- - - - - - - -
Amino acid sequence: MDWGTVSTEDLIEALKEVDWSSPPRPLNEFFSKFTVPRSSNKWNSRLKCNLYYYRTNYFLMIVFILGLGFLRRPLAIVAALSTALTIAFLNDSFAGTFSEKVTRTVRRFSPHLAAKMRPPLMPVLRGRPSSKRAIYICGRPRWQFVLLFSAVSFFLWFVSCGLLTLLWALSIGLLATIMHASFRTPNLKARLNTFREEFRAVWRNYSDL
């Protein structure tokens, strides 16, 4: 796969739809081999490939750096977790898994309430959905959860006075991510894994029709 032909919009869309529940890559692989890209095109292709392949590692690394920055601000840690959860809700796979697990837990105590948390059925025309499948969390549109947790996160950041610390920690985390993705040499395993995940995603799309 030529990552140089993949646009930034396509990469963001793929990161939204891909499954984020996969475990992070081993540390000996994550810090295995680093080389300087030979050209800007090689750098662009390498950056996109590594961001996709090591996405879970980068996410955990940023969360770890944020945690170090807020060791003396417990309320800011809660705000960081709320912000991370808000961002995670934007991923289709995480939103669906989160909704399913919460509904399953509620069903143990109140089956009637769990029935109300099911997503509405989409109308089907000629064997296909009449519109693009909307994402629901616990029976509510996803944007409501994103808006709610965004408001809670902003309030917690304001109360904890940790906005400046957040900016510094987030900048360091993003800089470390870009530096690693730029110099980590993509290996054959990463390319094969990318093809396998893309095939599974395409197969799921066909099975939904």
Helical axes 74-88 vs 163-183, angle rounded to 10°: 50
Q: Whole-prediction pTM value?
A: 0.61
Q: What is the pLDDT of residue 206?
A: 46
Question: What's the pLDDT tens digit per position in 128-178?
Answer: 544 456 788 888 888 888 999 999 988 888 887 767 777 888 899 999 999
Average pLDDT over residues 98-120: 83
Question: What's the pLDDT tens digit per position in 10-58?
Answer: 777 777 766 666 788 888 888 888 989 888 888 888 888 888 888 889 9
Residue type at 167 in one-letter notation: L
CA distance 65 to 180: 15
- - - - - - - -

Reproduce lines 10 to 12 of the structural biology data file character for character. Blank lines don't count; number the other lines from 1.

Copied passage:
Average pLDDT over residues 98-120: 83
Question: What's the pLDDT tens digit per position in 10-58?
Answer: 777 777 766 666 788 888 888 888 989 888 888 888 888 888 888 889 9